It is the first time the Obama administration has withheld military aid to Pakistan because of the Haqqani group, which has been a primary source of U.S. concern in Afghanistan and which in the past some U.S. officials have asserted had links to Pakistani intelligence.

Carter’s decision has not been previously reported.

Shamila Chaudhary, a former White House official and senior fellow at New America, a Washington think tank, said the decision could foreshadow additional steps increasing pressure on Pakistan to crack down on militants causing trouble in Afghanistan.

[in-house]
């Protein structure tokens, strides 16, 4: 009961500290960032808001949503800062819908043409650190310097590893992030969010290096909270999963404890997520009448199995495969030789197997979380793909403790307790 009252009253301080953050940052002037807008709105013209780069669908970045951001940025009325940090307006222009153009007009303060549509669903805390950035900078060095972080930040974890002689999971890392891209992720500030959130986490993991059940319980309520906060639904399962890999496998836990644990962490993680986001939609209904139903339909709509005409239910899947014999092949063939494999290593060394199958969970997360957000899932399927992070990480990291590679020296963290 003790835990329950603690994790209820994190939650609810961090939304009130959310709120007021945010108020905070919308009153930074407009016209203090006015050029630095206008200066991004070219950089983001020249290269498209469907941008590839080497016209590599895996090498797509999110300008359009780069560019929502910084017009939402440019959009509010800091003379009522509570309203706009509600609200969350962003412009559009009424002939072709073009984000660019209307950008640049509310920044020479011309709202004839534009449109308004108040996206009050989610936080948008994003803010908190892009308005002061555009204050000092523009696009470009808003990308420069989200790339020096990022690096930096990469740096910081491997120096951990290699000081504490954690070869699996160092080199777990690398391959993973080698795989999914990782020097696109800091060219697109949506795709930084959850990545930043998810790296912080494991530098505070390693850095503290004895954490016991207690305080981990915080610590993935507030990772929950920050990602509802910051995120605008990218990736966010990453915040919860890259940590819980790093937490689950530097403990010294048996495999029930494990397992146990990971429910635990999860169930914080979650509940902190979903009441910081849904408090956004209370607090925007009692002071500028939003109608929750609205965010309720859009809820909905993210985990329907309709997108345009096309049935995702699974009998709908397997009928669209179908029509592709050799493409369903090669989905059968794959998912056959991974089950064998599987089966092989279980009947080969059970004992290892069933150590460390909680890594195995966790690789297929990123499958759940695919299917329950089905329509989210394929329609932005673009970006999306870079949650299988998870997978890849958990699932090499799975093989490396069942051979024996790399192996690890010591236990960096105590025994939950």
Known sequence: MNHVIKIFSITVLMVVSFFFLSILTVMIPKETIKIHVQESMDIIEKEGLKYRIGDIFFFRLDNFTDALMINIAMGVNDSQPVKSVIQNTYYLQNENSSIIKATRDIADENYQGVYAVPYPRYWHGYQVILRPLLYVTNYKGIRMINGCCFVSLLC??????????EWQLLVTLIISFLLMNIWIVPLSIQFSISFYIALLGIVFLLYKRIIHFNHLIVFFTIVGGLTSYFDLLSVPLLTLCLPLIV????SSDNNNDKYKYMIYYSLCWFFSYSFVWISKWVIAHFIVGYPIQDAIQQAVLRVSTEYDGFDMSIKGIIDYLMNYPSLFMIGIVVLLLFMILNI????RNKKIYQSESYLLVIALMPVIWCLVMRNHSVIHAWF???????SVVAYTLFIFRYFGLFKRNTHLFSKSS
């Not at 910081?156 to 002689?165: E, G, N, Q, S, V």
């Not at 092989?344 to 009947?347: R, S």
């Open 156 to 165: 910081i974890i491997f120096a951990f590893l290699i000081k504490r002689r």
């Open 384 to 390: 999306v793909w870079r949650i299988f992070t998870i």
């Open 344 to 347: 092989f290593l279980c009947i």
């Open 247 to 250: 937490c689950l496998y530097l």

“It is a way of sending a signal to the Pakistani military of what’s to come, in the sense that the United States is no longer willing to give blank checks to Pakistan,” she said.

Under the Coalition Support Funds (CSF) program, the United States reimburses Pakistan for its support of U.S. and allied operations in Afghanistan and helps Pakistan pay for operations it conducts against militants on its soil.

Since 2002, reimbursements under the program have totaled about $14 billion, representing a significant portion of Pakistan’s defense spending. In addition to helping fund operations, Pakistan’s military also used the money to buy food and ammunition, the Pentagon has said.